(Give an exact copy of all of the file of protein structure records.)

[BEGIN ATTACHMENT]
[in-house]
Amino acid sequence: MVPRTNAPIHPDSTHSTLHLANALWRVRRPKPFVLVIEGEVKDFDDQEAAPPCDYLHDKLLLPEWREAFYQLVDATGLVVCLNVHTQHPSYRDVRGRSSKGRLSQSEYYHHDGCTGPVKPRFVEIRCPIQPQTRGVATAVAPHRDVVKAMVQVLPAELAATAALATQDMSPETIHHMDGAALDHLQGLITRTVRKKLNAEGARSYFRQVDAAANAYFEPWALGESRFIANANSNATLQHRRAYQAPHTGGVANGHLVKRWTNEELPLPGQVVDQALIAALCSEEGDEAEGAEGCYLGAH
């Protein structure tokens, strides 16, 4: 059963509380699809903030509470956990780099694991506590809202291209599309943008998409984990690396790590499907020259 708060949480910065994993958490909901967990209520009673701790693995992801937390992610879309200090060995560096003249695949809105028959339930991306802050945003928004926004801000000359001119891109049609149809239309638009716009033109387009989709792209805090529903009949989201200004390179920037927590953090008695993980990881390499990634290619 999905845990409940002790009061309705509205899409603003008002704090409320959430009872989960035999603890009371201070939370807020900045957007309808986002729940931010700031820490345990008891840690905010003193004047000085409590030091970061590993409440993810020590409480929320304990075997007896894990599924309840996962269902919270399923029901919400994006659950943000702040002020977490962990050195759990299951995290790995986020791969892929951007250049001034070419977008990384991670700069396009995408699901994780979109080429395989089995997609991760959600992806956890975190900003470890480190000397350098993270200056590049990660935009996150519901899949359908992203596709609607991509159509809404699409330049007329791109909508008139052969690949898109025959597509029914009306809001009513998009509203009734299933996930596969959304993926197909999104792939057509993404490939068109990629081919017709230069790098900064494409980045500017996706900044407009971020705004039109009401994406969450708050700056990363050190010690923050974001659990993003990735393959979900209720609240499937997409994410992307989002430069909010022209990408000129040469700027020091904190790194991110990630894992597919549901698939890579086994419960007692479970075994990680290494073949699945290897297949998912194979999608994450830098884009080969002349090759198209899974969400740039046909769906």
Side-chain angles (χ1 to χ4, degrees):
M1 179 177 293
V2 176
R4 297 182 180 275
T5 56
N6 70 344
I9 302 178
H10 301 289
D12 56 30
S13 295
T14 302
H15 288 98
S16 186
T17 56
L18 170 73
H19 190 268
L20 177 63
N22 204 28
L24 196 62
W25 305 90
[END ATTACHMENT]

[in-house]
Amino acid sequence: MVPRTNAPIHPDSTHSTLHLANALWRVRRPKPFVLVIEGEVKDFDDQEAAPPCDYLHDKLLLPEWREAFYQLVDATGLVVCLNVHTQHPSYRDVRGRSSKGRLSQSEYYHHDGCTGPVKPRFVEIRCPIQPQTRGVATAVAPHRDVVKAMVQVLPAELAATAALATQDMSPETIHHMDGAALDHLQGLITRTVRKKLNAEGARSYFRQVDAAANAYFEPWALGESRFIANANSNATLQHRRAYQAPHTGGVANGHLVKRWTNEELPLPGQVVDQALIAALCSEEGDEAEGAEGCYLGAH
């Protein structure tokens, strides 16, 4: 059963509380699809903030509470956990780099694991506590809202291209599309943008998409984990690396790590499907020259 708060949480910065994993958490909901967990209520009673701790693995992801937390992610879309200090060995560096003249695949809105028959339930991306802050945003928004926004801000000359001119891109049609149809239309638009716009033109387009989709792209805090529903009949989201200004390179920037927590953090008695993980990881390499990634290619 999905845990409940002790009061309705509205899409603003008002704090409320959430009872989960035999603890009371201070939370807020900045957007309808986002729940931010700031820490345990008891840690905010003193004047000085409590030091970061590993409440993810020590409480929320304990075997007896894990599924309840996962269902919270399923029901919400994006659950943000702040002020977490962990050195759990299951995290790995986020791969892929951007250049001034070419977008990384991670700069396009995408699901994780979109080429395989089995997609991760959600992806956890975190900003470890480190000397350098993270200056590049990660935009996150519901899949359908992203596709609607991509159509809404699409330049007329791109909508008139052969690949898109025959597509029914009306809001009513998009509203009734299933996930596969959304993926197909999104792939057509993404490939068109990629081919017709230069790098900064494409980045500017996706900044407009971020705004039109009401994406969450708050700056990363050190010690923050974001659990993003990735393959979900209720609240499937997409994410992307989002430069909010022209990408000129040469700027020091904190790194991110990630894992597919549901698939890579086994419960007692479970075994990680290494073949699945290897297949998912194979999608994450830098884009080969002349090759198209899974969400740039046909769906």
Side-chain angles (χ1 to χ4, degrees):
M1 179 177 293
V2 176
R4 297 182 180 275
T5 56
N6 70 344
I9 302 178
H10 301 289
D12 56 30
S13 295
T14 302
H15 288 98
S16 186
T17 56
L18 170 73
H19 190 268
L20 177 63
N22 204 28
L24 196 62
W25 305 90